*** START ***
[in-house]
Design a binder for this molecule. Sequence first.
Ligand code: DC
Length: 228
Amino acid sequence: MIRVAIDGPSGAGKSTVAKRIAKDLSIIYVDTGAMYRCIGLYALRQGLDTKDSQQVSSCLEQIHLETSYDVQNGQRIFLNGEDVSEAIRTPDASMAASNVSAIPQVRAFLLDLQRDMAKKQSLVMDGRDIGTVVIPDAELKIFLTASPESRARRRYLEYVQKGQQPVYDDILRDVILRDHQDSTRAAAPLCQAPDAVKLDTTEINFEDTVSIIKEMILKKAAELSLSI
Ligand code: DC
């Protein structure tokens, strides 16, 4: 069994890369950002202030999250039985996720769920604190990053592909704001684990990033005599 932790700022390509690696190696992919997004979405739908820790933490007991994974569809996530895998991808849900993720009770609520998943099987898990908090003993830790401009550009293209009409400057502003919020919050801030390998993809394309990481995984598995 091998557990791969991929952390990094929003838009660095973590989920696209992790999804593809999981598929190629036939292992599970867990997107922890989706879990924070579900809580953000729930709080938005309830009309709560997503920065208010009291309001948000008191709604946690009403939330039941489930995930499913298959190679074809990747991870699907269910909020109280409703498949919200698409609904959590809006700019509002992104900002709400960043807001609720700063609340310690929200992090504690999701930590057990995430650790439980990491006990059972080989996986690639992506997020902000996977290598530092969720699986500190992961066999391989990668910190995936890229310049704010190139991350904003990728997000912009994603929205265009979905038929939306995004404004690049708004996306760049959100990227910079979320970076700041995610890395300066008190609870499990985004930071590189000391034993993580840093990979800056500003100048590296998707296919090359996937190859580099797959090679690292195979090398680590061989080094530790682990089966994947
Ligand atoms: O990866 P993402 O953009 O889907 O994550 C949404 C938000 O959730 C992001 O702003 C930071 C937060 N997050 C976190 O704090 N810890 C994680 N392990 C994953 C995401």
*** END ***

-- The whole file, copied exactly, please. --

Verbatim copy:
[in-house]
Design a binder for this molecule. Sequence first.
Ligand code: DC
Length: 228
Amino acid sequence: MIRVAIDGPSGAGKSTVAKRIAKDLSIIYVDTGAMYRCIGLYALRQGLDTKDSQQVSSCLEQIHLETSYDVQNGQRIFLNGEDVSEAIRTPDASMAASNVSAIPQVRAFLLDLQRDMAKKQSLVMDGRDIGTVVIPDAELKIFLTASPESRARRRYLEYVQKGQQPVYDDILRDVILRDHQDSTRAAAPLCQAPDAVKLDTTEINFEDTVSIIKEMILKKAAELSLSI
Ligand code: DC
């Protein structure tokens, strides 16, 4: 069994890369950002202030999250039985996720769920604190990053592909704001684990990033005599 932790700022390509690696190696992919997004979405739908820790933490007991994974569809996530895998991808849900993720009770609520998943099987898990908090003993830790401009550009293209009409400057502003919020919050801030390998993809394309990481995984598995 091998557990791969991929952390990094929003838009660095973590989920696209992790999804593809999981598929190629036939292992599970867990997107922890989706879990924070579900809580953000729930709080938005309830009309709560997503920065208010009291309001948000008191709604946690009403939330039941489930995930499913298959190679074809990747991870699907269910909020109280409703498949919200698409609904959590809006700019509002992104900002709400960043807001609720700063609340310690929200992090504690999701930590057990995430650790439980990491006990059972080989996986690639992506997020902000996977290598530092969720699986500190992961066999391989990668910190995936890229310049704010190139991350904003990728997000912009994603929205265009979905038929939306995004404004690049708004996306760049959100990227910079979320970076700041995610890395300066008190609870499990985004930071590189000391034993993580840093990979800056500003100048590296998707296919090359996937190859580099797959090679690292195979090398680590061989080094530790682990089966994947
Ligand atoms: O990866 P993402 O953009 O889907 O994550 C949404 C938000 O959730 C992001 O702003 C930071 C937060 N997050 C976190 O704090 N810890 C994680 N392990 C994953 C995401």